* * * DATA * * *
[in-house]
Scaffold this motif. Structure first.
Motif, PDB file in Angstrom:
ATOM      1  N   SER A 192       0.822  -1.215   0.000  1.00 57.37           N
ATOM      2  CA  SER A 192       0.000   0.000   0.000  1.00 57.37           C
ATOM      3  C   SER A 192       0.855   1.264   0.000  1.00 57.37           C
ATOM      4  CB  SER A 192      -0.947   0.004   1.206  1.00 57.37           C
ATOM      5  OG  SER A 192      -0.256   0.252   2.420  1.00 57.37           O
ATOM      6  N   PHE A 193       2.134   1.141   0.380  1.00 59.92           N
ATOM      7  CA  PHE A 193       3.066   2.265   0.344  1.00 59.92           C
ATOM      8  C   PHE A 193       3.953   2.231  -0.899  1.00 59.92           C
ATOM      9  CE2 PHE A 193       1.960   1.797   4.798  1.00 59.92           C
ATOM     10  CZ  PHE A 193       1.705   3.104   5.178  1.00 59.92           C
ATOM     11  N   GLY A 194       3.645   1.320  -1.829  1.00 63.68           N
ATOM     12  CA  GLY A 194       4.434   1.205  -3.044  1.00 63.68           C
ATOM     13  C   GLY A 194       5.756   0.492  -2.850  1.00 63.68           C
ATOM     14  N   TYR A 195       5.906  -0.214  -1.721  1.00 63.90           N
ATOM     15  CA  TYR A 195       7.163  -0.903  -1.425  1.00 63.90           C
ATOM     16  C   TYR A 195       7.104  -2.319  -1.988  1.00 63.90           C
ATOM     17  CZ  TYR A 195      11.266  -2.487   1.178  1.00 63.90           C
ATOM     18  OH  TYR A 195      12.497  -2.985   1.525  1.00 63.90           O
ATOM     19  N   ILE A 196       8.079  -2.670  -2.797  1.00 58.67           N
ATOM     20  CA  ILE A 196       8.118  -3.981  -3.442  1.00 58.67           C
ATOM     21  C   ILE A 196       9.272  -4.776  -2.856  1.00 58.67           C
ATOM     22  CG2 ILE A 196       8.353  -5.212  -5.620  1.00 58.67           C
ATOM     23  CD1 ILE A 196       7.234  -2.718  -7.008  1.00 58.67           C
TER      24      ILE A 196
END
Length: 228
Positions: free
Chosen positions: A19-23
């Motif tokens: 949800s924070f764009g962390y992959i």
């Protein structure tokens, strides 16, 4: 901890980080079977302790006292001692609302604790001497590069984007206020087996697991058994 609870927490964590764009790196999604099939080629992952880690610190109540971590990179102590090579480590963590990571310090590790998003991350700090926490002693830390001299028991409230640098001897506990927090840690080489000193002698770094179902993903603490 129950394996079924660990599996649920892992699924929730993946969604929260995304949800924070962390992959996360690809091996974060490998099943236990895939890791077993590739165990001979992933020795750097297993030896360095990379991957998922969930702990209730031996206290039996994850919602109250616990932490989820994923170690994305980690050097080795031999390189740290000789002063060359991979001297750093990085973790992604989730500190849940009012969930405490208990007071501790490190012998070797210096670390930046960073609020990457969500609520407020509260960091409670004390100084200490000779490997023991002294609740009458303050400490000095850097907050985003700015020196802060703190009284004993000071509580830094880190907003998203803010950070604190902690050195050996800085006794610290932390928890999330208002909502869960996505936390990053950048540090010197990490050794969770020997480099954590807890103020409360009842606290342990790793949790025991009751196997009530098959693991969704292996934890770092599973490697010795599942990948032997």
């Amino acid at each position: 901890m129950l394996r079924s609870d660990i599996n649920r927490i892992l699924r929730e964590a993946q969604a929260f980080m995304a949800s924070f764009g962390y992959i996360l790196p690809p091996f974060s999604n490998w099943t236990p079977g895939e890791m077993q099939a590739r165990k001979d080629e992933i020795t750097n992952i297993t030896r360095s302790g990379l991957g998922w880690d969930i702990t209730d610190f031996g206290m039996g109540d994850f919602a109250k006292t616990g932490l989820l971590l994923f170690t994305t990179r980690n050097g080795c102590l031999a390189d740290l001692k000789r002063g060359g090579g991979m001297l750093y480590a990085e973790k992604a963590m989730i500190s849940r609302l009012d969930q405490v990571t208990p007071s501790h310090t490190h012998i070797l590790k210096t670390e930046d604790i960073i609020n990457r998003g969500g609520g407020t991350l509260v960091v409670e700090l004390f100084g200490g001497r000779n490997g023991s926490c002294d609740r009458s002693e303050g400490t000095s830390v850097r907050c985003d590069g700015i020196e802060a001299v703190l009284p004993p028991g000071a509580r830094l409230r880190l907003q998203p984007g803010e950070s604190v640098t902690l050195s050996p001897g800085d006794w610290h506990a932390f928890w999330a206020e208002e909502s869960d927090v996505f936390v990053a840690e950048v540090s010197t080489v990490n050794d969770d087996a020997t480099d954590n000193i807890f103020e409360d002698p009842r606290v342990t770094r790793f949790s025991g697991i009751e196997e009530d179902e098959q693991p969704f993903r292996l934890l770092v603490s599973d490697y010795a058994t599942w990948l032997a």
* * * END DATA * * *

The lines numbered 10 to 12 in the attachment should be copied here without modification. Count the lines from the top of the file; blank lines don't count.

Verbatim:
ATOM      7  CA  PHE A 193       3.066   2.265   0.344  1.00 59.92           C
ATOM      8  C   PHE A 193       3.953   2.231  -0.899  1.00 59.92           C
ATOM      9  CE2 PHE A 193       1.960   1.797   4.798  1.00 59.92           C